Researchers at the University of Dundee have used the Xbox 360 Kinect sensor to control optical tweezers, a set of laser beams used to manipulate particles.
Physicists control the particles through their body movements, which are read by a Kinect-based interface called "HoloHands." While not completely perfect yet, with a latency issue and the occasional misinterpration of the user's movements, the interface has been quite successfully tested moving silica particles.
Users can pick up and push minuscule particles visible on a computer screen by moving their bodies. By waving their hand, users can create a trapping region to hold the particles which can then be picked up and moved with further arm and hand movements.
Optical tweezers have been in scientific use since the 1970s, and have been difficult to control in the past. But team leader Dr. David McGloin believes that this Xbox Kinect interface shows potential, whereas the many ways presented in the past hadn't so much.
Team leader Dr. David McGloin noted the Kinect's potential with optical tweezers, which have been used in labs since the 1970s as a way to interact with individual particles on the microscopic level and which have been somewhat difficult to control in the past.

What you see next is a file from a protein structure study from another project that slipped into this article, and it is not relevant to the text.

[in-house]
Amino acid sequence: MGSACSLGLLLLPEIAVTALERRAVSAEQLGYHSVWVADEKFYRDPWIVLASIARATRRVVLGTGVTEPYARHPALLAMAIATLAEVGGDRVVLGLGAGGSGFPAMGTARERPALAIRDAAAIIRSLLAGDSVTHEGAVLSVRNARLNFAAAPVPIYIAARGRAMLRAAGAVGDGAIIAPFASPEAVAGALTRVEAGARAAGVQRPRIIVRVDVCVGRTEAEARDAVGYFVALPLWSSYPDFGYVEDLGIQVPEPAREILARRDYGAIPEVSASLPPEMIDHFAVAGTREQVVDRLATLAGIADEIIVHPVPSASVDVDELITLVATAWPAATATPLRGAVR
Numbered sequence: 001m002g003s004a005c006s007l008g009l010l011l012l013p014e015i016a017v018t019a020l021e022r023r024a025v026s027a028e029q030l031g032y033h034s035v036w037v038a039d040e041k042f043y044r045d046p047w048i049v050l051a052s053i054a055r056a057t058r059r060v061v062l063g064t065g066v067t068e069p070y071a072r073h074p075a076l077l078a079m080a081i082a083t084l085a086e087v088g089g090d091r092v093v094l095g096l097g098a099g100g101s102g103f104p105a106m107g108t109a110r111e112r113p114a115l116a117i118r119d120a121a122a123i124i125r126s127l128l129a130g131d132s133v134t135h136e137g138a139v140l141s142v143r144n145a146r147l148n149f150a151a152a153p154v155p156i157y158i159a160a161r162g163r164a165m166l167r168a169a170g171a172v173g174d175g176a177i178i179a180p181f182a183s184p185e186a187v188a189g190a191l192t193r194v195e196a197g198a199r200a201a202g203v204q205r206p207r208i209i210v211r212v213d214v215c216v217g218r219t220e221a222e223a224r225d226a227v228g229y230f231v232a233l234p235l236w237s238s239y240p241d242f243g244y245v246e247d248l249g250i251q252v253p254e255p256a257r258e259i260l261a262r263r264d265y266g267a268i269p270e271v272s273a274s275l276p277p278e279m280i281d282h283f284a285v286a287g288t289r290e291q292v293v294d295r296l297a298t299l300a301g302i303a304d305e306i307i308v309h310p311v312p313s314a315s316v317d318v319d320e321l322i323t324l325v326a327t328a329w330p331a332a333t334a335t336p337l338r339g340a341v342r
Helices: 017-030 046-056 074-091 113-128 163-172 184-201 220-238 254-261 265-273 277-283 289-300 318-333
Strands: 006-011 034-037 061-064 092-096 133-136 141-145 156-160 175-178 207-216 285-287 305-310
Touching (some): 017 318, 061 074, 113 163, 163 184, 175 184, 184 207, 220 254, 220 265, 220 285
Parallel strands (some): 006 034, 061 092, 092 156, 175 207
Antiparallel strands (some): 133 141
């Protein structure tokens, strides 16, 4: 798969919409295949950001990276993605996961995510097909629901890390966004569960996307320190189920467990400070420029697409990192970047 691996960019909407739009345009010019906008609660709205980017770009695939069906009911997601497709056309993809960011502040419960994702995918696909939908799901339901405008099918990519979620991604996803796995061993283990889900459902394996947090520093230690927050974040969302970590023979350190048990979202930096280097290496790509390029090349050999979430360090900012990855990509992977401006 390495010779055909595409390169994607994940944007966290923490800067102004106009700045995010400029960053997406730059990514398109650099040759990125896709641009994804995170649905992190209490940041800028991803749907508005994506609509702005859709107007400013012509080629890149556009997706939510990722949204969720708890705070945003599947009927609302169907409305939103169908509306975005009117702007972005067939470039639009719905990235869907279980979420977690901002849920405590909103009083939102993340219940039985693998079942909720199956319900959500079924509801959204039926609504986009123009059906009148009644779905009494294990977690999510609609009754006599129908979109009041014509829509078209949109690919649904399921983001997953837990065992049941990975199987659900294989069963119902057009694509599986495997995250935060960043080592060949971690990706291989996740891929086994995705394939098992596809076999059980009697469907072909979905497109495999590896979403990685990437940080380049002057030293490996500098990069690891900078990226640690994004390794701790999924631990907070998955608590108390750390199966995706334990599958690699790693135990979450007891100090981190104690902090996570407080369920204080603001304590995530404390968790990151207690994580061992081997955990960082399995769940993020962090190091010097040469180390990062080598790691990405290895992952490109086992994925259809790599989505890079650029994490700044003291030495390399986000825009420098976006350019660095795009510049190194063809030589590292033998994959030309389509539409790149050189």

"We have a lot of video game enthusiasts here, and we came to the conclusion that Kinect had the potential to allow us to build a very natural and intuitive interface that would appeal to a wide range of potential users," explained Dr McGloin.
"We're always open to new ways of working and keeping an open mind about these things is essential in science. This shows how technology that at first seems as far removed from the academic lab as it’s possible to be, can actually be of great benefit to us."
While the gaming success of the Kinect has been somewhat sketchy, the uses outside of the Xbox 360 have shown a widespread application for motion control. The peripheral has been used to recreate the feeling of being underwater, made a 3D holographic computer interface, and control the 'board of awesomeness.'
Dr McGloin and his team are carrying out further work to fix the bugs and work out how to perform quantitative measurements, alongside this specifying the many other use cases they had imagined.
"In addition, Kinect control of such devices opens them up to use in areas such as science centres and exhibitions, as well as in other forms of outreach activities. Using familiar devices such as this and showing how the technology is the same as used in labs will undoubtedly help to engage with members of the public and explain our work to them."
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